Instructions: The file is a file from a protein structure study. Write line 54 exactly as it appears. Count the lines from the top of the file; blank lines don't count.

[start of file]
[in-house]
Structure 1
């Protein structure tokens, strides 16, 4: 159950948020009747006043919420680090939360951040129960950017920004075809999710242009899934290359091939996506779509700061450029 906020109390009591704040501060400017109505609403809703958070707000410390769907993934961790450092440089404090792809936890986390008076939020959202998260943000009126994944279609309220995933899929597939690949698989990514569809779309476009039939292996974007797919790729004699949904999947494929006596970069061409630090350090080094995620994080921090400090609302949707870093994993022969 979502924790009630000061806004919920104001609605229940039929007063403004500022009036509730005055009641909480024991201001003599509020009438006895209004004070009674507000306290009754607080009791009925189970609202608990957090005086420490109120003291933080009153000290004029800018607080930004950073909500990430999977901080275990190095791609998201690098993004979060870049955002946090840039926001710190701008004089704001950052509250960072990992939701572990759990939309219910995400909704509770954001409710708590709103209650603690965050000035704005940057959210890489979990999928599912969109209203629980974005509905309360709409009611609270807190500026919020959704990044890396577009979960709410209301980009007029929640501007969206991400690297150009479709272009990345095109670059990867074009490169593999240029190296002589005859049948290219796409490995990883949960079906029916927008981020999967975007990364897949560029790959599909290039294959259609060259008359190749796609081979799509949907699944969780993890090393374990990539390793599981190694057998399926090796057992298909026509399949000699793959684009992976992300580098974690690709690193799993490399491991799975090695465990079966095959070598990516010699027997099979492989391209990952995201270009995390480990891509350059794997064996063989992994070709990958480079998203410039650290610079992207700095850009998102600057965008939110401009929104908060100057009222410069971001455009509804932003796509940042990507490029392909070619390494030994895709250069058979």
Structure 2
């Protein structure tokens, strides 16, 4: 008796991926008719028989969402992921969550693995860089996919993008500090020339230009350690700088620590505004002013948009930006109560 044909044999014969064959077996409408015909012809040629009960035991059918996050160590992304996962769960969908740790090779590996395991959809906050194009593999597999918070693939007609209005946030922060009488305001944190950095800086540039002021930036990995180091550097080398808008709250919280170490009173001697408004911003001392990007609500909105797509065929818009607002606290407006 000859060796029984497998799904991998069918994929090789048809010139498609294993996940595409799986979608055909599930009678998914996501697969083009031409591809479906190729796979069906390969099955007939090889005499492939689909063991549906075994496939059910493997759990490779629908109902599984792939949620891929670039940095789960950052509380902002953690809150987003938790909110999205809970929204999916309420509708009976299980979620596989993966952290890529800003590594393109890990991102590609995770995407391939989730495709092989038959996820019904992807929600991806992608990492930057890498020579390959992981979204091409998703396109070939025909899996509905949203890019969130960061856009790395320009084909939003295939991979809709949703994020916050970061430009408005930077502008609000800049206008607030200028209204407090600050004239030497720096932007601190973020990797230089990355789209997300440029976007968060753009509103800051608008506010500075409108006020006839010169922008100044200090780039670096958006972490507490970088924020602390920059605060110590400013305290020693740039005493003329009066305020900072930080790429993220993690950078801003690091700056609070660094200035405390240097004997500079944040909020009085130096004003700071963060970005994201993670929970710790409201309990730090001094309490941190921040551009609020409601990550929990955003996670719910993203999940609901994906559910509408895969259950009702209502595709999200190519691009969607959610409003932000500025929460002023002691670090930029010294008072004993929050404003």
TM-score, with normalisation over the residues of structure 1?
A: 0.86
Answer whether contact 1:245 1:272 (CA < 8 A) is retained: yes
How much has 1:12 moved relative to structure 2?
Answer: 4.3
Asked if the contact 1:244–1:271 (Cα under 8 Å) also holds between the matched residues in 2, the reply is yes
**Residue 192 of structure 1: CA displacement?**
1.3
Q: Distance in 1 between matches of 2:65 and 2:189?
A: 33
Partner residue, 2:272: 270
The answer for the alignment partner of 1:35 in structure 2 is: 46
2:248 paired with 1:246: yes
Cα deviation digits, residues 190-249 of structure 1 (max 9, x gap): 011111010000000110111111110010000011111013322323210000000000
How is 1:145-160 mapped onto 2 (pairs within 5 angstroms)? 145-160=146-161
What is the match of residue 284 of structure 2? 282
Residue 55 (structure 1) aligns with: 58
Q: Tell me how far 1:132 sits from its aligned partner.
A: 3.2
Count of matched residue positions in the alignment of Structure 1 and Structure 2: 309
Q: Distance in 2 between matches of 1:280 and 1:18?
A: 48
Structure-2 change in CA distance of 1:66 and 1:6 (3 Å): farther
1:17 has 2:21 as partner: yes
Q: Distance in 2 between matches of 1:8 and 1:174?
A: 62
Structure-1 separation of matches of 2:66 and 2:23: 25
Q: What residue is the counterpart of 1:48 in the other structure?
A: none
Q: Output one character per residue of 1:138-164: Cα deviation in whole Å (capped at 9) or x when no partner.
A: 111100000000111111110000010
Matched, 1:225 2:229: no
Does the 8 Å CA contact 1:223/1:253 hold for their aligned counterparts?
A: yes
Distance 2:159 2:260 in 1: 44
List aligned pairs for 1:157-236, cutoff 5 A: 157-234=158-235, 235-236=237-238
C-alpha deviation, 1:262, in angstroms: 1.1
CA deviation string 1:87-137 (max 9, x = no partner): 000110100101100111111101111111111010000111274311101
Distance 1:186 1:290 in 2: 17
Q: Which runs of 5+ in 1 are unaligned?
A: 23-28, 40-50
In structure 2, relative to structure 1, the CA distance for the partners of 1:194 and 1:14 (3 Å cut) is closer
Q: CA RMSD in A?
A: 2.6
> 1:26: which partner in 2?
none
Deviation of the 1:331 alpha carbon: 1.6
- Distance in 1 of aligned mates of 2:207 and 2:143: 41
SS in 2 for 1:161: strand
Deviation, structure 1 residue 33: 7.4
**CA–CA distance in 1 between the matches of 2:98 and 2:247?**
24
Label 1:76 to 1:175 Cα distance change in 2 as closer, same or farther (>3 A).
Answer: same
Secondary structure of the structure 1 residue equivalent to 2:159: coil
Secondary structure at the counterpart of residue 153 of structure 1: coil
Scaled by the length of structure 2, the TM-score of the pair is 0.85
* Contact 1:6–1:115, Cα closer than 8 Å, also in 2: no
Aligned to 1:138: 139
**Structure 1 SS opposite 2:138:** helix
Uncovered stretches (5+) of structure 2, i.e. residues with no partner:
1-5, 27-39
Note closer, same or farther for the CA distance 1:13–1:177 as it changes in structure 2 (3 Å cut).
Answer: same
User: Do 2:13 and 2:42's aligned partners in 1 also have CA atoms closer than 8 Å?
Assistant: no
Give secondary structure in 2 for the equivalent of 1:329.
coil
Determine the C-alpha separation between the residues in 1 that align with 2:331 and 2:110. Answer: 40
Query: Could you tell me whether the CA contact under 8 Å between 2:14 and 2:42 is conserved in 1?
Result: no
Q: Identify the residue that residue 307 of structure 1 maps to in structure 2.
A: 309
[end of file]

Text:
SS in 2 for 1:161: strand